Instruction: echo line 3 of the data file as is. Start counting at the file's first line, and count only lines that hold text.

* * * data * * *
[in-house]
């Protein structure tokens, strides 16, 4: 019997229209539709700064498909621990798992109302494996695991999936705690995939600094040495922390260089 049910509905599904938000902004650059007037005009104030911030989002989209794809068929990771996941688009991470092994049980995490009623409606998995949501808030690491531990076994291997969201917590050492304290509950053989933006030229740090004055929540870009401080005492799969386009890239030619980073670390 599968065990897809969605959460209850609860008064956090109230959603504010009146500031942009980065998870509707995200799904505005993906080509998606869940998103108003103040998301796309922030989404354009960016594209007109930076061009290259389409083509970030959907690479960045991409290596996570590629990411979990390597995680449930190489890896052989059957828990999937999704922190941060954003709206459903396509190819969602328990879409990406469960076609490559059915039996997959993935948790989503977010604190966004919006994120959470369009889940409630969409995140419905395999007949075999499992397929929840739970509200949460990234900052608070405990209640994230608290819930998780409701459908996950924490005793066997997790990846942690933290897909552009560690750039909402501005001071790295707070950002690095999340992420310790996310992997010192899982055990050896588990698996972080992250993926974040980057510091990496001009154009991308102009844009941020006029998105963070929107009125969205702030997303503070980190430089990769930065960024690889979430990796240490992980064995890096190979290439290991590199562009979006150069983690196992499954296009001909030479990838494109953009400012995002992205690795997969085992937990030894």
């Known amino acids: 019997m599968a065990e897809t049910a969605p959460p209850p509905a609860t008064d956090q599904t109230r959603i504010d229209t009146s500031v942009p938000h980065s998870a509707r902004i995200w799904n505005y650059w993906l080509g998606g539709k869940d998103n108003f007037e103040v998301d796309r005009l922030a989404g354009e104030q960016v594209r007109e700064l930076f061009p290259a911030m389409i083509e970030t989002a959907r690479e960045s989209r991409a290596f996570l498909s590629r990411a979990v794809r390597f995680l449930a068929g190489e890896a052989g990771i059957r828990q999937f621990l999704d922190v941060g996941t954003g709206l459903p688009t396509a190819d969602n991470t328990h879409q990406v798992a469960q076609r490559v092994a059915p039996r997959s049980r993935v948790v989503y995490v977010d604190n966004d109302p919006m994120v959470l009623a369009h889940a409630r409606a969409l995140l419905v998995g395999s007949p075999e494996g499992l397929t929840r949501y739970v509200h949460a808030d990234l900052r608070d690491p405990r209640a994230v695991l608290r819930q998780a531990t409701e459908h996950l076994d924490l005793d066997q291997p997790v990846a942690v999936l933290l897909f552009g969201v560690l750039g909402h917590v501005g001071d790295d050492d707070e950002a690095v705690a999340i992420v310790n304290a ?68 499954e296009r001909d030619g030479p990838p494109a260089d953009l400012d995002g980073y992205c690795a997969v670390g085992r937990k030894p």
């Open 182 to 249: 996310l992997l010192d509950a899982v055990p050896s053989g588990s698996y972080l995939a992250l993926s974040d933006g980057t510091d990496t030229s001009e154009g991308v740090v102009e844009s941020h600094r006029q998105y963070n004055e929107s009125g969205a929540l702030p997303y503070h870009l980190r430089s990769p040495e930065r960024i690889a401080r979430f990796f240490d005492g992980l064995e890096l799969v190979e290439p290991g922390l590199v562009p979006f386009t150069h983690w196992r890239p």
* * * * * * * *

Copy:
């Known amino acids: 019997m599968a065990e897809t049910a969605p959460p209850p509905a609860t008064d956090q599904t109230r959603i504010d229209t009146s500031v942009p938000h980065s998870a509707r902004i995200w799904n505005y650059w993906l080509g998606g539709k869940d998103n108003f007037e103040v998301d796309r005009l922030a989404g354009e104030q960016v594209r007109e700064l930076f061009p290259a911030m389409i083509e970030t989002a959907r690479e960045s989209r991409a290596f996570l498909s590629r990411a979990v794809r390597f995680l449930a068929g190489e890896a052989g990771i059957r828990q999937f621990l999704d922190v941060g996941t954003g709206l459903p688009t396509a190819d969602n991470t328990h879409q990406v798992a469960q076609r490559v092994a059915p039996r997959s049980r993935v948790v989503y995490v977010d604190n966004d109302p919006m994120v959470l009623a369009h889940a409630r409606a969409l995140l419905v998995g395999s007949p075999e494996g499992l397929t929840r949501y739970v509200h949460a808030d990234l900052r608070d690491p405990r209640a994230v695991l608290r819930q998780a531990t409701e459908h996950l076994d924490l005793d066997q291997p997790v990846a942690v999936l933290l897909f552009g969201v560690l750039g909402h917590v501005g001071d790295d050492d707070e950002a690095v705690a999340i992420v310790n304290a ?68 499954e296009r001909d030619g030479p990838p494109a260089d953009l400012d995002g980073y992205c690795a997969v670390g085992r937990k030894p």